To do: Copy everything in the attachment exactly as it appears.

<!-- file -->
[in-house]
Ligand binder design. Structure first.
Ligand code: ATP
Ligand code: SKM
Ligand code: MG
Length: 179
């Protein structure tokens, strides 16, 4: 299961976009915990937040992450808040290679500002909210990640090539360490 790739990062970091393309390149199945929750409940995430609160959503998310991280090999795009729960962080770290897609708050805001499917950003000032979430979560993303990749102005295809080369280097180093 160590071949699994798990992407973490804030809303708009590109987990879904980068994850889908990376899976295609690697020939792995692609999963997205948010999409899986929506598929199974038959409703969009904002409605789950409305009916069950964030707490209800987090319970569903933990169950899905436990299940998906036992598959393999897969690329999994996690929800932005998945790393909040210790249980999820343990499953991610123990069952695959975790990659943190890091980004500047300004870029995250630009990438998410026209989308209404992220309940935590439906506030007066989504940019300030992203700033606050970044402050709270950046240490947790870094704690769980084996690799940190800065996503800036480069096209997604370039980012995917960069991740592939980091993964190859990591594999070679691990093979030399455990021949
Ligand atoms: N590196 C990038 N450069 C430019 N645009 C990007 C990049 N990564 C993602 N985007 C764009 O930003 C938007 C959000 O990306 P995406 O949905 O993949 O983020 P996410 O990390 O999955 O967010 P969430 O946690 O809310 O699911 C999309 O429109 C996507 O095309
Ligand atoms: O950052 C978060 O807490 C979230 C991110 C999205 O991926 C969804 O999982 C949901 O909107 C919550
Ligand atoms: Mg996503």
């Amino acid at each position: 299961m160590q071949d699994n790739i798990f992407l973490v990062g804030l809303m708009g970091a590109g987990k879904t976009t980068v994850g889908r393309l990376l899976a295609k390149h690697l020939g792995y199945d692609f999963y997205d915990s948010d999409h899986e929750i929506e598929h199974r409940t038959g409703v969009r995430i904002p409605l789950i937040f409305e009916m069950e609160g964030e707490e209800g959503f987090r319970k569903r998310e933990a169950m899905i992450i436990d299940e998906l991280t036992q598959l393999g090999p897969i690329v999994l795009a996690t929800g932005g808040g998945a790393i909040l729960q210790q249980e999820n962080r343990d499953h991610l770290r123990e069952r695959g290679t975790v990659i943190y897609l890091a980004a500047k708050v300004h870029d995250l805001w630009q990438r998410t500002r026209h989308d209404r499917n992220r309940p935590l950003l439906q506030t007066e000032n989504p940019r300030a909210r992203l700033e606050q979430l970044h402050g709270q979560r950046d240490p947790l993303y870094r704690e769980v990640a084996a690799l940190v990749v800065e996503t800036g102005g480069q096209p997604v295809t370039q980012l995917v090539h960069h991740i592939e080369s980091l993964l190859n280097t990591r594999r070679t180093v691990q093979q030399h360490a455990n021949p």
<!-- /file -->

[in-house]
Ligand binder design. Structure first.
Ligand code: ATP
Ligand code: SKM
Ligand code: MG
Length: 179
């Protein structure tokens, strides 16, 4: 299961976009915990937040992450808040290679500002909210990640090539360490 790739990062970091393309390149199945929750409940995430609160959503998310991280090999795009729960962080770290897609708050805001499917950003000032979430979560993303990749102005295809080369280097180093 160590071949699994798990992407973490804030809303708009590109987990879904980068994850889908990376899976295609690697020939792995692609999963997205948010999409899986929506598929199974038959409703969009904002409605789950409305009916069950964030707490209800987090319970569903933990169950899905436990299940998906036992598959393999897969690329999994996690929800932005998945790393909040210790249980999820343990499953991610123990069952695959975790990659943190890091980004500047300004870029995250630009990438998410026209989308209404992220309940935590439906506030007066989504940019300030992203700033606050970044402050709270950046240490947790870094704690769980084996690799940190800065996503800036480069096209997604370039980012995917960069991740592939980091993964190859990591594999070679691990093979030399455990021949
Ligand atoms: N590196 C990038 N450069 C430019 N645009 C990007 C990049 N990564 C993602 N985007 C764009 O930003 C938007 C959000 O990306 P995406 O949905 O993949 O983020 P996410 O990390 O999955 O967010 P969430 O946690 O809310 O699911 C999309 O429109 C996507 O095309
Ligand atoms: O950052 C978060 O807490 C979230 C991110 C999205 O991926 C969804 O999982 C949901 O909107 C919550
Ligand atoms: Mg996503």
């Amino acid at each position: 299961m160590q071949d699994n790739i798990f992407l973490v990062g804030l809303m708009g970091a590109g987990k879904t976009t980068v994850g889908r393309l990376l899976a295609k390149h690697l020939g792995y199945d692609f999963y997205d915990s948010d999409h899986e929750i929506e598929h199974r409940t038959g409703v969009r995430i904002p409605l789950i937040f409305e009916m069950e609160g964030e707490e209800g959503f987090r319970k569903r998310e933990a169950m899905i992450i436990d299940e998906l991280t036992q598959l393999g090999p897969i690329v999994l795009a996690t929800g932005g808040g998945a790393i909040l729960q210790q249980e999820n962080r343990d499953h991610l770290r123990e069952r695959g290679t975790v990659i943190y897609l890091a980004a500047k708050v300004h870029d995250l805001w630009q990438r998410t500002r026209h989308d209404r499917n992220r309940p935590l950003l439906q506030t007066e000032n989504p940019r300030a909210r992203l700033e606050q979430l970044h402050g709270q979560r950046d240490p947790l993303y870094r704690e769980v990640a084996a690799l940190v990749v800065e996503t800036g102005g480069q096209p997604v295809t370039q980012l995917v090539h960069h991740i592939e080369s980091l993964l190859n280097t990591r594999r070679t180093v691990q093979q030399h360490a455990n021949p």